Contradictions of Practice
One of the most enduring questions that architects have faced throughout their history is whether what they practise should be defined as an art or a profession. The two are treated as incompatible opposites. We are told that this practice is a blend of fine and applied arts, of sciences and humanities but the exact mix of these is never agreed upon. The contested nature of architectural practice can be extended to the make up of architects themselves; they are the site of contested values that provoke heated debate.
|Dialectical Tension Diagram based on the work of Dana Cuff.|
The architect, and thus by extension the architectural profession, can be defined by a series of “dialectical dualities” (1) that are in a constant state of tension but, more often than not, one of these ‘poles’ will be favoured more heavily than the other. In this model the two positions are pictured as being at the opposite ends of a spectrum and if one extremity is favoured over the other it can only be to the detriment of the opposite. The internal dualities can even be extended to the meaning of the word “architecture”, as it refers to both the practice of a professional activity and also to the outputs of that activity. (2) Attempts to examine architecture as either an art or a science, or an art or a profession have been labelled as “inadequate” methods with which to judge such a complex entity. (3) Moving towards a model that accepts the tension between these dialectics enables the complexities of the profession to be properly considered whilst it also offers an opportunity to rebalance these tensions and find a state of equilibrium that is beneficial to all concerned in the built environment.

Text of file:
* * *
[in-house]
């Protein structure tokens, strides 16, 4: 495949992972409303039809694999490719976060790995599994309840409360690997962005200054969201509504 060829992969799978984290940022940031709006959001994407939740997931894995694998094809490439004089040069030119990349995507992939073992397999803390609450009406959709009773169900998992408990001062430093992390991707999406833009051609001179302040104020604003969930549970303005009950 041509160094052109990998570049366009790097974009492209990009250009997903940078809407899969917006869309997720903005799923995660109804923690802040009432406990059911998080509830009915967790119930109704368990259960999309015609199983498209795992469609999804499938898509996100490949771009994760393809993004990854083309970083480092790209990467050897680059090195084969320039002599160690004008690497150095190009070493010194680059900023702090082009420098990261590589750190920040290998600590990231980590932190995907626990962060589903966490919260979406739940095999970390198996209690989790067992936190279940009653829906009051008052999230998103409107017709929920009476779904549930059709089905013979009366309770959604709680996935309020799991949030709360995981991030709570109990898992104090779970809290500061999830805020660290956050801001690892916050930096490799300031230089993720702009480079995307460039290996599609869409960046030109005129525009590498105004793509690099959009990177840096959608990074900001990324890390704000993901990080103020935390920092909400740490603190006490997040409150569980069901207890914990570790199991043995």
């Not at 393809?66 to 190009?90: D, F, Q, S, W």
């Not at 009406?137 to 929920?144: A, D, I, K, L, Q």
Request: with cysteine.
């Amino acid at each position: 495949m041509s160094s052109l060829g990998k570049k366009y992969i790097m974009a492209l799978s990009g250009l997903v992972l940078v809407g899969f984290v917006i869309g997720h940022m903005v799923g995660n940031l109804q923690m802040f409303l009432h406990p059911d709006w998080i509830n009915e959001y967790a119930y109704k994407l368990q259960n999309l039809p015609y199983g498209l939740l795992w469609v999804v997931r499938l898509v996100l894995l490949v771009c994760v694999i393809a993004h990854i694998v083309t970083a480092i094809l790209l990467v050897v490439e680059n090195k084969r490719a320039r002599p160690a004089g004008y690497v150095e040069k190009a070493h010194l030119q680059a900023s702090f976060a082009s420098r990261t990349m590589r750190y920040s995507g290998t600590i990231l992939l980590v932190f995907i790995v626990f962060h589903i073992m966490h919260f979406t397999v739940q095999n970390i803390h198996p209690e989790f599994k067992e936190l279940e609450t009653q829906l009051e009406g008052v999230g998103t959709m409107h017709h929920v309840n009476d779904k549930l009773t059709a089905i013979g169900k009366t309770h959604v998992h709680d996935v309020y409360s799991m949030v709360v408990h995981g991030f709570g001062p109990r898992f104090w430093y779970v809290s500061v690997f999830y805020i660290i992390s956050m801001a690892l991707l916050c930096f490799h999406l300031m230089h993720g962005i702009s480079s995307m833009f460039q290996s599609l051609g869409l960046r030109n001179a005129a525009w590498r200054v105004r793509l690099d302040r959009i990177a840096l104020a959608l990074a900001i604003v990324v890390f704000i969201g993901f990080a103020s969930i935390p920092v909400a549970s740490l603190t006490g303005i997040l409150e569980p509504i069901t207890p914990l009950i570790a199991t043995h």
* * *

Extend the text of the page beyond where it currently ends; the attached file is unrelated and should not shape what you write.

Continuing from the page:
In her explanation of these dialectics Dana Cuff identifies four sets of dualities that embody the contradictions within the profession; in many cases “practitioners recognise the inescapable links” between the extremities but ”it is by no means a happy marriage.” (4) First, is the contrast between the autonomous artist and the collective team of professionals required to bring a project to completion. Second, is the separation of design and art from business and management concerns. Third, is design as decision marking versus design as making sense of a situation, this includes the way in which architectural problems are constructed. Finally, is the image of the architect as a generalist countered by a movement towards specialisation within the built environment industry. (5)
The modern incarnation of these contradictions can be traced back to the origins of a profession that was attempting to distinguish itself amongst a maelstrom of change. Positions taken two hundred years ago are still defining the British architectural profession today and to better understand the origin of these dualities further discussion is required.
The Rise of the Professional
In the 19th century the profession of architecture was formalised and consolidated, bringing to an end a period of patronage that that had persisted for hundreds of years. In an act of self-protection groups of architects banded together, in the face of new competitors and vociferous criticism from a rapidly changing construction industry, (6) to present a unified approach and be identified with a service of quality. Claiming to present a “uniquely impartial and independent service” these groups hoped that by having professional status their services would be differentiated from builders, surveyors (who also professionalised in the 19th century), (8) and other specialists that were emerging. Although “a long process recognizable in outline but blurred in detail” (9) the route to professionalisation can be traced back to two primary factors: the transition from medieval to modern processes of thought that gave rise to the “inter-disciplinary character of the modern architectural designer”; and the industrial revolution (which shifted society from agrarian to a capitalist-based model) and resulted in the “professional organization through which [the architect] fulfils an increasingly specialist role.” (10) These two factors were a source of major conflict for the embryonic architectural profession and remain so today.